I recently ran across some old writing notebooks and was surprised to find that not everything I’d written was a failed mystery novel or maudlin literary fiction. There was a series of essays on my days as a lifeguard (many, many pounds ago.)
I tell you this because, while the writing was truly horrible, I found the witty-me in these essays. The carefree jester that is Jae was part of my personality all along, I’d just hidden it in a drawer. Painted over it with boring beige.
The essays were collectively entitled “You Actually get Paid for This?!” – which is what most people say when they find out that lifeguarding isn’t a volunteer position. Somehow sitting for hours getting a tan and finding 100 different ways of twirling a whistle doesn’t strike most people as serious work.
“Second Aid” was an essay about first aid training and reads a bit like the Three Stooges with bandaids, which in hindsight doesn’t inspire a lot of confidence.
“There’s A What? Where?” was about all the strange things we’d find in the pool (you don’t want to know).
“Oil Shortage” described the paint-by-numbers method of applying sun screen to even out our tans. This was before skin cancer was discovered. Lifeguards now probably apply SPF 100 and are as white as ghosts.
“Rain or Shine; Preferably Rain” was about the lifeguard’s perennial desire for lightening to strike the pool – or at least close it down for a while so we could get back to our poker game – and describes a “typical” lifeguard rain dance.
“Moby Dick” was about our lifeguard instructor – Dick. A large, barrel chested man who struck terror into the hearts of average lifeguards. I saw grown men flee from the pool crying after a session with Dick. Rumor had it that he’d once trained a lifeguard who froze in an emergency and he’d vowed never again. So, he took his pupils to the brink (of the drink).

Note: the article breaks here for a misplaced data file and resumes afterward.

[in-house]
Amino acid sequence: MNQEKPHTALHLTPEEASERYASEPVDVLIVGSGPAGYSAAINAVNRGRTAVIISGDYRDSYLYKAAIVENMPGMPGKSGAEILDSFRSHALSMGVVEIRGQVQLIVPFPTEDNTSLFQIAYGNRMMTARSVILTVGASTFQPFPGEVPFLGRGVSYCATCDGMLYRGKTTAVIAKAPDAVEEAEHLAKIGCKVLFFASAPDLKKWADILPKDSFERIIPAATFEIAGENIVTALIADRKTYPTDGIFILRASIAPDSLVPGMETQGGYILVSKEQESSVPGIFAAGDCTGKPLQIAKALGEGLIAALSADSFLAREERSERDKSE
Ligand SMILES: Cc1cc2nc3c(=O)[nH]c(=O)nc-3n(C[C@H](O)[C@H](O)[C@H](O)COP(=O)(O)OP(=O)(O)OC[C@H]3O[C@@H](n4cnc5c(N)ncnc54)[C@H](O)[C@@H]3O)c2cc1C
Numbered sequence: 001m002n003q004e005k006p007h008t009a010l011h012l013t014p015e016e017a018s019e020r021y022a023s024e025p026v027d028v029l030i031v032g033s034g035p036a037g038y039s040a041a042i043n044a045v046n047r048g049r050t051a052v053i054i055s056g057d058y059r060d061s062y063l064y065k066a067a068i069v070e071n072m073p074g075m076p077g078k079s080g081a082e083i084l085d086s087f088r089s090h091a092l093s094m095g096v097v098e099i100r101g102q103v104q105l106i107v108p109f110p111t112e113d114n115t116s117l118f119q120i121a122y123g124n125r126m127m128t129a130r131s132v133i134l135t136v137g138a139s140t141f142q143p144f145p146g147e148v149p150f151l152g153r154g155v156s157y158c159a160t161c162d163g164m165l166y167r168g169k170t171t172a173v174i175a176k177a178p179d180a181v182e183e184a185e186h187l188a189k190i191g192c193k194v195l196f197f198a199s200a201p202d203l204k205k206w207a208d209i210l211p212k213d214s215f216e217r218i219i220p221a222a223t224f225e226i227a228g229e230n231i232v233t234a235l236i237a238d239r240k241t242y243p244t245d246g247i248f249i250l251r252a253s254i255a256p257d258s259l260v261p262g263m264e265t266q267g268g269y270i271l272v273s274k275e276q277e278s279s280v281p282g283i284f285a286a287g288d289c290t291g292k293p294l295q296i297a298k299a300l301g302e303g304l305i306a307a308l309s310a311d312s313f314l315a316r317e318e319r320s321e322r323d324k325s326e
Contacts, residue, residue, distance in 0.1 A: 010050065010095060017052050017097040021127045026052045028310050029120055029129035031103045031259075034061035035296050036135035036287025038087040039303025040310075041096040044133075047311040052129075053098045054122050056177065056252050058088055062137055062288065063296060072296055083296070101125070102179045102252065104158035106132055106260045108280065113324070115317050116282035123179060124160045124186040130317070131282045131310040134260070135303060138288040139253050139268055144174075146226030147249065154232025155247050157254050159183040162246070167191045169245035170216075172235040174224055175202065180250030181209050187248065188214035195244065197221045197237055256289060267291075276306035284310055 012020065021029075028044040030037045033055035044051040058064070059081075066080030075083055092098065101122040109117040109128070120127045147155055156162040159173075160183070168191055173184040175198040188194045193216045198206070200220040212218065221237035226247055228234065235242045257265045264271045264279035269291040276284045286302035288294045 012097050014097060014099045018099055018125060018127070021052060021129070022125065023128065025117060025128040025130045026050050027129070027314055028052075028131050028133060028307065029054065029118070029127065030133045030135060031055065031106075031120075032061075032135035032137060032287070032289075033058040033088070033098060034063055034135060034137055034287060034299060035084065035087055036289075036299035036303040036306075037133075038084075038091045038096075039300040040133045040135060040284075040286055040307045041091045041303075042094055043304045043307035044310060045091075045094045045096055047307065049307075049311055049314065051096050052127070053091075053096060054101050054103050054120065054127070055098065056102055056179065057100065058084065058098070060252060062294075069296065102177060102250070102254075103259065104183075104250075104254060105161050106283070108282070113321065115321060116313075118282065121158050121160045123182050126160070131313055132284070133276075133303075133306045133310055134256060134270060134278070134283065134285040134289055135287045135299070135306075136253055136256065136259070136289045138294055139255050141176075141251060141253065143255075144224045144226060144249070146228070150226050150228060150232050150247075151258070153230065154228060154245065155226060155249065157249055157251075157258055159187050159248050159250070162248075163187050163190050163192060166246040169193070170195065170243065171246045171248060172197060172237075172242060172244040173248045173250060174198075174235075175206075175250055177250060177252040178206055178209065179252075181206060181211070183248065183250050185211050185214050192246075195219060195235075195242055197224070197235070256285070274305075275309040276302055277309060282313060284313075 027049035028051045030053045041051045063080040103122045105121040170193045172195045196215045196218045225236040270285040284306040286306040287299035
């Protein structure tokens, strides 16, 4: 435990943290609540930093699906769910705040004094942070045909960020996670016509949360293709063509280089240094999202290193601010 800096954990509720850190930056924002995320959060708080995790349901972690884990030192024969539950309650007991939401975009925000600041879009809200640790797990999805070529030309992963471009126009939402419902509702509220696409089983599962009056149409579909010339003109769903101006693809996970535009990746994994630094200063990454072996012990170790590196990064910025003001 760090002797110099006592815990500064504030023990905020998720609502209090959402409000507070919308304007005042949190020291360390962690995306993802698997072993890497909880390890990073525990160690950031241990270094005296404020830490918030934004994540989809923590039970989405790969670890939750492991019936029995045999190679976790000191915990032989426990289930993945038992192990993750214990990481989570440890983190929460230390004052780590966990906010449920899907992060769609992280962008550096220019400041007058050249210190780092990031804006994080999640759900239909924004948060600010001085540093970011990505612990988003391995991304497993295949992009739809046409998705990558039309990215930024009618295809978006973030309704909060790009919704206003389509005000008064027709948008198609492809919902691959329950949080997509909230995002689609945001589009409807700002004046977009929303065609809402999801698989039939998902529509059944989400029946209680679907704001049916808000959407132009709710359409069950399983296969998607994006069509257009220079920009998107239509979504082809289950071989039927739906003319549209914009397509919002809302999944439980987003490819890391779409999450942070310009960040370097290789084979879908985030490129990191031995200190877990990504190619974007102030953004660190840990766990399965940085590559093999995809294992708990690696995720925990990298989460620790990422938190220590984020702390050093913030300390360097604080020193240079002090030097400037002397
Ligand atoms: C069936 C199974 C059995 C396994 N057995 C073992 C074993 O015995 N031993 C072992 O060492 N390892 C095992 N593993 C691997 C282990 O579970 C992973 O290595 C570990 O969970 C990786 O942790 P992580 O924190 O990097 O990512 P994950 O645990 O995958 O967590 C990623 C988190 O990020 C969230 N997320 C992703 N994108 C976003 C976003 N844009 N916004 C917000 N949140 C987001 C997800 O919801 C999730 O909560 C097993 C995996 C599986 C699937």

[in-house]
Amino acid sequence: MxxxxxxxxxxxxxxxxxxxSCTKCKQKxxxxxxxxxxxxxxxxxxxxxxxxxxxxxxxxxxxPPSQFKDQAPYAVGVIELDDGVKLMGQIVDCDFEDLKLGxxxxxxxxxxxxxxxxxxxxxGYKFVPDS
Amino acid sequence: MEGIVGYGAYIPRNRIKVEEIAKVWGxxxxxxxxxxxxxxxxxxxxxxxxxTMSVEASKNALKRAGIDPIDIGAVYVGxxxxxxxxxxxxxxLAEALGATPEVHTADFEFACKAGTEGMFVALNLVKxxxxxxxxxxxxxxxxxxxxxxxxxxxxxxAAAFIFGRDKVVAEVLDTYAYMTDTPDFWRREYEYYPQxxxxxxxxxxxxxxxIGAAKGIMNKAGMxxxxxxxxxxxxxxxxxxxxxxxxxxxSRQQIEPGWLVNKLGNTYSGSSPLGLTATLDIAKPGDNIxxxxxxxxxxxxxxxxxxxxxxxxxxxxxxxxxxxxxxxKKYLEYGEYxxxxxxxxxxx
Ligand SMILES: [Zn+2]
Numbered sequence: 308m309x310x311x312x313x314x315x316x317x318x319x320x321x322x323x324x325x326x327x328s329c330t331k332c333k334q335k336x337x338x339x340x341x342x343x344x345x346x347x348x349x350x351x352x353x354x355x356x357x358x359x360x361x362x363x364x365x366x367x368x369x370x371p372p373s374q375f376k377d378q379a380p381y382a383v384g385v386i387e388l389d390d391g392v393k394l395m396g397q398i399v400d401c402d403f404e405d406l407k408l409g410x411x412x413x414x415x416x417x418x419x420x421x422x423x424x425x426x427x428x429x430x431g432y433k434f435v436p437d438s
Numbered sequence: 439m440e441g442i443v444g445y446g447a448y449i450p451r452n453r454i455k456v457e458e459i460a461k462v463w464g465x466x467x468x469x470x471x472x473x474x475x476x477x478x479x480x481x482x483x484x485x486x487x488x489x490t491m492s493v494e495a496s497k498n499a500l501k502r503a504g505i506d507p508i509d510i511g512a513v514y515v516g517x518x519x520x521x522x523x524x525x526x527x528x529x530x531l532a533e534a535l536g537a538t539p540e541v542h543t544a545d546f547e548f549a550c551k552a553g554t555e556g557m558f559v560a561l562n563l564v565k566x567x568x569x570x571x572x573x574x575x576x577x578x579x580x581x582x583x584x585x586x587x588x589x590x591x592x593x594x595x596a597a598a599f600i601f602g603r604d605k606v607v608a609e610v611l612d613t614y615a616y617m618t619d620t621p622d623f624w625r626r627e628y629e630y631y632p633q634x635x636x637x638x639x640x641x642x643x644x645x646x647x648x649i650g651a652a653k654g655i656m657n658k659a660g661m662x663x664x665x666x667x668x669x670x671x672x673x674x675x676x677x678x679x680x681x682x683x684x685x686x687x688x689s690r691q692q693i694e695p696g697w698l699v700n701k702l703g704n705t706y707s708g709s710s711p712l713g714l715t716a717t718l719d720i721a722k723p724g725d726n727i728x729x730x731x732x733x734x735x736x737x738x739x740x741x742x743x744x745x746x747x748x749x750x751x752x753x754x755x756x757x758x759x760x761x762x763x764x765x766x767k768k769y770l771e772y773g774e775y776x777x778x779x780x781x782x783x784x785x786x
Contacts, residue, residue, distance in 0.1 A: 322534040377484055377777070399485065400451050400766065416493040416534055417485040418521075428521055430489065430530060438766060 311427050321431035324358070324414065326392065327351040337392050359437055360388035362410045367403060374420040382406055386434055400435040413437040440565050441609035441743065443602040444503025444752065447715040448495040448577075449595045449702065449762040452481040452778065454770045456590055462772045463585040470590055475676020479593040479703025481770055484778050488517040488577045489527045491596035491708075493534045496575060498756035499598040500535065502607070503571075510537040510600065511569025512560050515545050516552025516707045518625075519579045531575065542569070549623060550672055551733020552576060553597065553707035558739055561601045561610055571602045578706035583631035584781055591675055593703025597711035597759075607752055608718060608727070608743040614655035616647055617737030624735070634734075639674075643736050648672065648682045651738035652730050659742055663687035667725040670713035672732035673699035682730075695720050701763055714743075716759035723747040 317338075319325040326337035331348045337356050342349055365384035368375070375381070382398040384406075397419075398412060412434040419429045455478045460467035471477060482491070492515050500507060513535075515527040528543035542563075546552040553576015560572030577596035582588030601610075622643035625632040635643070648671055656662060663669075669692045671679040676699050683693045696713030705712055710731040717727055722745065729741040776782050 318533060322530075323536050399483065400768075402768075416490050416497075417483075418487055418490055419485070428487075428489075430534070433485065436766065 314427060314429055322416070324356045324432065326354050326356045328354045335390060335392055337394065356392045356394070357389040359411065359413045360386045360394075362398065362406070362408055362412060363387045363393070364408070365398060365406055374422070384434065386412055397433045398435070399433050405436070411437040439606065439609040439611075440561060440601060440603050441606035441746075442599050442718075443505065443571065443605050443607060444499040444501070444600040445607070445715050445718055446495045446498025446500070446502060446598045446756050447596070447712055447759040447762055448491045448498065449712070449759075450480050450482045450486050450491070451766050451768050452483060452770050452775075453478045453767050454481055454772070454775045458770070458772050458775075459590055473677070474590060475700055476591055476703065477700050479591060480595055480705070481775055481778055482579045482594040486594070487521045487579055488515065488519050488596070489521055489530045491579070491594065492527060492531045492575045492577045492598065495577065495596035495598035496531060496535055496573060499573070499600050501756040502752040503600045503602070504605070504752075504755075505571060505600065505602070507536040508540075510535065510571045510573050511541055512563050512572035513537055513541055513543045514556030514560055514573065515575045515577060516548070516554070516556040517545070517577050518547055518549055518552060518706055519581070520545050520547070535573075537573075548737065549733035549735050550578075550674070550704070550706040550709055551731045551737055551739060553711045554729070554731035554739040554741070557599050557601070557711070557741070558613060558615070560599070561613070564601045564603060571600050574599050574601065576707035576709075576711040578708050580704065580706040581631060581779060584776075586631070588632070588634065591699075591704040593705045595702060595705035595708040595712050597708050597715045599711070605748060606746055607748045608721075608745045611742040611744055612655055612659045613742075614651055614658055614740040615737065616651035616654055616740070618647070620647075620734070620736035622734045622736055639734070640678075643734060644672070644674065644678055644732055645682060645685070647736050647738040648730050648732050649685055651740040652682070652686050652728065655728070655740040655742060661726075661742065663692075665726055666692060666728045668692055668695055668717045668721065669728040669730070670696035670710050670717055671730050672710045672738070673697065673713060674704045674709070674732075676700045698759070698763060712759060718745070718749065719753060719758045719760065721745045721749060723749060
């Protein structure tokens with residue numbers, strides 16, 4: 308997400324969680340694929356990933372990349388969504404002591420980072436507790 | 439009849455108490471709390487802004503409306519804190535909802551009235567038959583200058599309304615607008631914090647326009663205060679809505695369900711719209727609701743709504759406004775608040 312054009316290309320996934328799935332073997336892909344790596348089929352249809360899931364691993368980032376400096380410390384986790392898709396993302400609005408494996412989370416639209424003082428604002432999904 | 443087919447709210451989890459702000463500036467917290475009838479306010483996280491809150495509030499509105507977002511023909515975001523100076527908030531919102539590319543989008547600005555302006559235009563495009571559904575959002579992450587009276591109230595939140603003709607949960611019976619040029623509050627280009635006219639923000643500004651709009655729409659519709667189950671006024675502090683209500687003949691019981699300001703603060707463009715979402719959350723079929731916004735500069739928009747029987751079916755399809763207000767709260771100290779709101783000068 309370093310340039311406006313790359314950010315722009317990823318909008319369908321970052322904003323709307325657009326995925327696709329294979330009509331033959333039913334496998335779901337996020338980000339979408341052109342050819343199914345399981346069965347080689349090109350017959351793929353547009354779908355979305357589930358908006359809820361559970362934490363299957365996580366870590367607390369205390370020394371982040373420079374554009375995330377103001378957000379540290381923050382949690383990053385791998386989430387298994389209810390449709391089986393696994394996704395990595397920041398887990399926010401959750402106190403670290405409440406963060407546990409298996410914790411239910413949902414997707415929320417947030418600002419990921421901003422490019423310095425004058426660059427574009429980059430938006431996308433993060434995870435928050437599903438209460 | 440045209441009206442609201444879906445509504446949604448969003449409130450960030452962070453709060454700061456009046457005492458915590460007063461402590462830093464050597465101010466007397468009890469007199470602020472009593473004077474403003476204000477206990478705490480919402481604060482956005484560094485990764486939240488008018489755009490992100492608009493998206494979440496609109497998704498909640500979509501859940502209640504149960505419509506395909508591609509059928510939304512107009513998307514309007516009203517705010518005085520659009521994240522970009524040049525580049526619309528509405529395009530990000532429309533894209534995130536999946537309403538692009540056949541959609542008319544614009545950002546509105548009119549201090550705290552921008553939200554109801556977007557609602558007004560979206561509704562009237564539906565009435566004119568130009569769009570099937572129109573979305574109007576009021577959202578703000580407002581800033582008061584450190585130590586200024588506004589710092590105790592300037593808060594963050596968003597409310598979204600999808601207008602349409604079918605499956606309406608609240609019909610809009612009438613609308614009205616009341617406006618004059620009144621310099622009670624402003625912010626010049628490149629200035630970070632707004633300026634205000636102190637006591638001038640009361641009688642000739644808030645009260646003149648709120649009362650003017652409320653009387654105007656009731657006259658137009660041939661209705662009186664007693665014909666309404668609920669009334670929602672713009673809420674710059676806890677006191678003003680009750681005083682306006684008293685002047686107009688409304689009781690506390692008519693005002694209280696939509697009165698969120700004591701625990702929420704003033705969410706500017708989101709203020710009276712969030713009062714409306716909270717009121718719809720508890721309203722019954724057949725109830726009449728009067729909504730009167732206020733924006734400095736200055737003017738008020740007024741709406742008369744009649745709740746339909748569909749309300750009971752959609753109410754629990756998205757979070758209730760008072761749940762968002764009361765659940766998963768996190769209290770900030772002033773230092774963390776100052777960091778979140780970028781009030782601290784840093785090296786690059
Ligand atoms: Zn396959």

Basically, he was trying to drown us.
I still remember the day of my lifeguarding test. Tiny me versus The Hulk. If I held on and didn’t panic, I’d be fine. Sure, Dick was trying to kill me, but as he thrashed around, he was also propelling us across the pool. All I had to do was hold on and he’d do all the work.
By passing Dick’s test, I joined the ranks of the men and women who run into burning buildings, the soldiers, the EMTs and doctors – and now the cartoonists. I knew that I wouldn’t panic in an emergency.
In my years as a lifeguard, I only had to go in twice for rescues. Small stuff, but there are two people in the world whose lives are very different because I was there. Afterwards I had a good adrenaline vomit.
Looking back, I learned a lot of good lessons from being a lifeguard.
- It doesn’t matter how tall you are, everyone treads water in the deep end.
- It’s not just the stupid who need rescuing – but it helps.
- Even heroes vomit.
- Hold your breath and hold on.
- Let the big guy do all the work.
- Don’t drink the frog.
This last is really only applicable when you work at a prank-mad pool. Though maybe if I think really Zen…
I’m Jae and I found this message floating in a bottle.